The third day of Procigar 2016 kicked off with a hoodied Charlie Minato and myself on a bus to visit the Cigar Family Charitable Foundation (CFCF) with a small group of attendees—the bulk of whom worked in the cigar industry in one capacity or another.
It’s about an hour’s drive from the hotel in Santiago to the foundation’s location in Bonao, a journey that takes one from the congestion of a decently-sized city east into a fairly small community called Caribe. More importantly, it’s a chance to see beyond a farm or factory, and to actually see just what sort of good the cigar industry can do for a community.
I’d like to think that most cigar smokers are at least aware of CFCF, which was launched by the Arturo Fuente and J.C. Newman companies in 2004. If you’ve been fortunate to have a conversation with Carlos “Carlito” Fuente Jr., Bobby Newman or Eric Newman, I’d venture to guess it came up at some point. You may have seen the two-packs of cigars that appear in retail humidors during the fall and winter and bear the foundation’s logo. But if you don’t know exactly what the foundation is about, allow me to give you some background.
While the Dominican Republic has thriving cities and luxury resort areas, it also has its fair share of poverty, to the point where children are lacking basic educational opportunities, essential health services and life necessities, which results in them being forced to find work at a young age.
Caribe, which is where the Fuente farms are located, is such an area.
Deprived of communication and schools, the area is known primarily for its nickel and gold mines which get stripped for their contents. While no one wants to say the deprivation was intentional, it certainly kept people in the dark when it came to organizing and understanding their rights as laborers. Children would come to the farm looking for work when they should otherwise be in school, simply because there were no schools in the immediate area, and those who did have access might have been pulled out by parents who didn’t believe in the value of education or needed the children to bring home money for food.
As more guests visited the farm, made famous for being the first to grow premium cigar wrapper leaf in the Dominican Republic successfully, small gifts would be given out to the kids, only to be discarded. Fuente said that the attitude of “we don’t eat with books” was pervasive in the area. Adding to the issues were intense rivalries between neighboring villages, creating a hostile environment that at times seemed unsalvageable.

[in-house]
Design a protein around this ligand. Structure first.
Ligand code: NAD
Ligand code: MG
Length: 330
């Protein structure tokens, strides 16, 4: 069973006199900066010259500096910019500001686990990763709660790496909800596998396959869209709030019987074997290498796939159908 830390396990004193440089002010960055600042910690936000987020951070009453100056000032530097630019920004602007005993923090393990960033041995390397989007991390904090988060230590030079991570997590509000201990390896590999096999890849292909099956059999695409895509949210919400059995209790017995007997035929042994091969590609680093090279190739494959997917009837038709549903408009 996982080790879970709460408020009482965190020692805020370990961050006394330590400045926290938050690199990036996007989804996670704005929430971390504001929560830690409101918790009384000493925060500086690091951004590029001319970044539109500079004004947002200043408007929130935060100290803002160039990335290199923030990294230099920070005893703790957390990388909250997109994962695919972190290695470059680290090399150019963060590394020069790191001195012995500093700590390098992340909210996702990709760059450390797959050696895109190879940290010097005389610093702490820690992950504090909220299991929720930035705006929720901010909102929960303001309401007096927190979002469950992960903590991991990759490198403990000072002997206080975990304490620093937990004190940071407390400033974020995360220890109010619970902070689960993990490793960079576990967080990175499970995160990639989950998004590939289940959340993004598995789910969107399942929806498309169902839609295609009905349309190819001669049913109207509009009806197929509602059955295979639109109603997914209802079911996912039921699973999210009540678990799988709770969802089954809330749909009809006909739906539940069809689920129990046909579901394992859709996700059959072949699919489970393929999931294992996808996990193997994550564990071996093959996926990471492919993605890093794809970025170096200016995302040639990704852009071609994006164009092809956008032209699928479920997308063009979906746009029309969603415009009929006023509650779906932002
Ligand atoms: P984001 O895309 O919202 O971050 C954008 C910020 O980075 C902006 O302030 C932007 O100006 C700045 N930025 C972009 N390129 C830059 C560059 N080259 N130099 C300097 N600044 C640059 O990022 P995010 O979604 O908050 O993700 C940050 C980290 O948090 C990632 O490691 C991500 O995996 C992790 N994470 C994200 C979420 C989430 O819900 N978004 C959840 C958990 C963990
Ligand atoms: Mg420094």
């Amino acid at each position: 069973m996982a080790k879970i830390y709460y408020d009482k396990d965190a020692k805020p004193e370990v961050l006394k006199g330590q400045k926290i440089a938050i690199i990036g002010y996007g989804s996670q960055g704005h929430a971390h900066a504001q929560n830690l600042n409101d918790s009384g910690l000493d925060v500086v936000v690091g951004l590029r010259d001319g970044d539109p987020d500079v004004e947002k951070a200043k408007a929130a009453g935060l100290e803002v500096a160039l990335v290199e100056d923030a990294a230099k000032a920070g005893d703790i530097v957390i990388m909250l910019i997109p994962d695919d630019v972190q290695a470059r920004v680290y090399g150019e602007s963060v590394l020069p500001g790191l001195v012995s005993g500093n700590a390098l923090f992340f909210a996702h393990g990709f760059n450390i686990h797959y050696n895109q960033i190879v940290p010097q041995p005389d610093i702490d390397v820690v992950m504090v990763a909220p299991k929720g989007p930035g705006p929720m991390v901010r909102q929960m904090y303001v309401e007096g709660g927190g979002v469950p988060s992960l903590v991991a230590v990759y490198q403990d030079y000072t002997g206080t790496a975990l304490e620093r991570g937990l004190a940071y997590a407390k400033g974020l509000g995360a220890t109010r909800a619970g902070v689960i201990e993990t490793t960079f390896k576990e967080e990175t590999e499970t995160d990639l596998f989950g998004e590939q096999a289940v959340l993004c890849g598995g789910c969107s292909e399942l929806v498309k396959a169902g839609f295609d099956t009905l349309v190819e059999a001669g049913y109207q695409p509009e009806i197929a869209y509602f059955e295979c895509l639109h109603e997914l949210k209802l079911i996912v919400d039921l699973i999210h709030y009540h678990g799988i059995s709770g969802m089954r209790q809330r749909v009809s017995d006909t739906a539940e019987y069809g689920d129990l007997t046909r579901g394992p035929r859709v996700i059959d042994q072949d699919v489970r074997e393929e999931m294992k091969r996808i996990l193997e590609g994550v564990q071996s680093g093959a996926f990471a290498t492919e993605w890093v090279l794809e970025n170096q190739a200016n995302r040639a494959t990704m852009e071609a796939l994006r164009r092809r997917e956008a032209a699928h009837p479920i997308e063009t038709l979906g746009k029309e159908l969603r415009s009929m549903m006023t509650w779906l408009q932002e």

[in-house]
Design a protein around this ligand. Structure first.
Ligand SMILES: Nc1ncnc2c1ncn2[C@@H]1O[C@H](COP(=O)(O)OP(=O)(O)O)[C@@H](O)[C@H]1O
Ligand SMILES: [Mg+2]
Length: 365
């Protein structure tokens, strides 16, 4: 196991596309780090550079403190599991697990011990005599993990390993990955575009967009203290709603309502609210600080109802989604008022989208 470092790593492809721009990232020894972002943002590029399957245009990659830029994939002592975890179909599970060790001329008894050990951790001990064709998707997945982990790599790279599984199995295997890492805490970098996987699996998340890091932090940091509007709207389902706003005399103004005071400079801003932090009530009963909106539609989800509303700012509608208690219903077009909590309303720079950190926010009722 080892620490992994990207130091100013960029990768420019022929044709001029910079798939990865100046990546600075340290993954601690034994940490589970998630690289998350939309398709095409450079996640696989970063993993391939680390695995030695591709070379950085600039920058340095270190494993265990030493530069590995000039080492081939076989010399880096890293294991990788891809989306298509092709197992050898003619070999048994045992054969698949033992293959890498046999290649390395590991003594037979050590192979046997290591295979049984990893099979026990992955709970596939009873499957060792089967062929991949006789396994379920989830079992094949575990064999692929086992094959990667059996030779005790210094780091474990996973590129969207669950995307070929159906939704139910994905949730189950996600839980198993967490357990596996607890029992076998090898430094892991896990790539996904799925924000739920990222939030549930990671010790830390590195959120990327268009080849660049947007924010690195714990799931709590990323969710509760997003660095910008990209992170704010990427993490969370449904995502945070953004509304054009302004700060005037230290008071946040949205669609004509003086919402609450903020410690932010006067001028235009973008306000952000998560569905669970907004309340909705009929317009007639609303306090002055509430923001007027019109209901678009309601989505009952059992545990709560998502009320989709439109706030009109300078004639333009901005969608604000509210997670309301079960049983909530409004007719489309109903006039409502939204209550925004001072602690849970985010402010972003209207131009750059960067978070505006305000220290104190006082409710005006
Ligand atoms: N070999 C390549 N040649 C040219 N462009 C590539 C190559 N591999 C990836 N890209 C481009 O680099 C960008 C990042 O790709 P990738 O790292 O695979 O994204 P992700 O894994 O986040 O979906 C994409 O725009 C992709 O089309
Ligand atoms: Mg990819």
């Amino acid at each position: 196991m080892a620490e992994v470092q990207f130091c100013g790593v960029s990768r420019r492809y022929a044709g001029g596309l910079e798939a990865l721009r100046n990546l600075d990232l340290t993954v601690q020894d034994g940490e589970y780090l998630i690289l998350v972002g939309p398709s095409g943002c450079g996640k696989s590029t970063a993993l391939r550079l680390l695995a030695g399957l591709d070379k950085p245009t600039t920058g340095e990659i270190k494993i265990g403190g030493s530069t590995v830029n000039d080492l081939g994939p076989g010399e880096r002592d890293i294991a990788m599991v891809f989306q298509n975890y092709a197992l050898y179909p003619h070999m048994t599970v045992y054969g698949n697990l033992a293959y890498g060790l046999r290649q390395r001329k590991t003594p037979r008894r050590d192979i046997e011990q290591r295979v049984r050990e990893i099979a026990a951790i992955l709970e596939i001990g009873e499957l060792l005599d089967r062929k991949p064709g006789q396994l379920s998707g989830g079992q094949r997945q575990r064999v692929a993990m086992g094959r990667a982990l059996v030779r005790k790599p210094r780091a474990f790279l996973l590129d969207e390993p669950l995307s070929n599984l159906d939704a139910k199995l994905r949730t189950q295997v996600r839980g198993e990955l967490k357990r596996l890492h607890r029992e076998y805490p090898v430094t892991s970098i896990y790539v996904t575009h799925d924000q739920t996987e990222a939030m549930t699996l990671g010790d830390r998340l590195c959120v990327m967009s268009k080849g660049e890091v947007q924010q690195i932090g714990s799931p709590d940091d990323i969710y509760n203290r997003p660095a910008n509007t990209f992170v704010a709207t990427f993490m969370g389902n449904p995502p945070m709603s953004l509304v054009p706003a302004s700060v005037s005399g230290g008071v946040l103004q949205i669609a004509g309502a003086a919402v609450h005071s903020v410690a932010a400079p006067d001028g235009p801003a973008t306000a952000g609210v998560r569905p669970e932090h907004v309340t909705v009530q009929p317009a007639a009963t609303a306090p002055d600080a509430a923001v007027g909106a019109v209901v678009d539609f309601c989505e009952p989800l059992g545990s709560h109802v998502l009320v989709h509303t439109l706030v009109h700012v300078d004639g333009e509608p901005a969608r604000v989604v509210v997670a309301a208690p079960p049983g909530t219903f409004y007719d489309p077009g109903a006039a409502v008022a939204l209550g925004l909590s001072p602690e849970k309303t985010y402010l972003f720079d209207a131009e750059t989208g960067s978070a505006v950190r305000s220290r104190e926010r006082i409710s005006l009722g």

But for the Fuente and Newman families, they saw education as a way to address the problem. Initially, the idea was to create a classroom and teach about 25 students the most basic knowledge needed to function in a community. But since the families’ backgrounds are in tobacco, not education, they needed assistance in getting the project up and running. Fortunately, they found a man named David Luther whose background in education was exactly what they needed. He said that if they really wanted to move forward with this project, it had to be a long term investment, it had to be a standalone project—not simply a classroom attached to an existing school—and it had to involve the entire community, meaning parents would need to be educated and involved as well.
That was 2004, and now the Cigar Family school has nearly 500 students from preschool to high school, a 23-acre campus that is still expanding, a health clinic, seven graduated classes, and nearly 90 percent of their graduates going on to higher education. They have been so successful at national competitions that they have been prohibited from participating, and the CFCF school is now recognized as a model program in the Dominican Republic and beyond, with its programs looking to be emulated around the world for not just addressing and improving one aspect of children’s development, but the holistic environment and system of which health and education are a vital part.
Luther said that there is no secret to the school’s success, just that it has been a matter of creating an enabling environment for children to learn, grow and excel.
Throughout the day he rattled off story after story of students who are doing amazing things, from a former gang member becoming a black belt in martial arts and excelling in international competition while still returning to the school as an instructor, to a former student who is now a doctor and working with the United Nations. In the next year, the school will have more than 30 college graduates in its ranks, and all this from an area where in its first year, children as young as five years old were bringing knives and other weapons to school with the understanding that if they saw a child from a rival community, it was their obligation to kill them.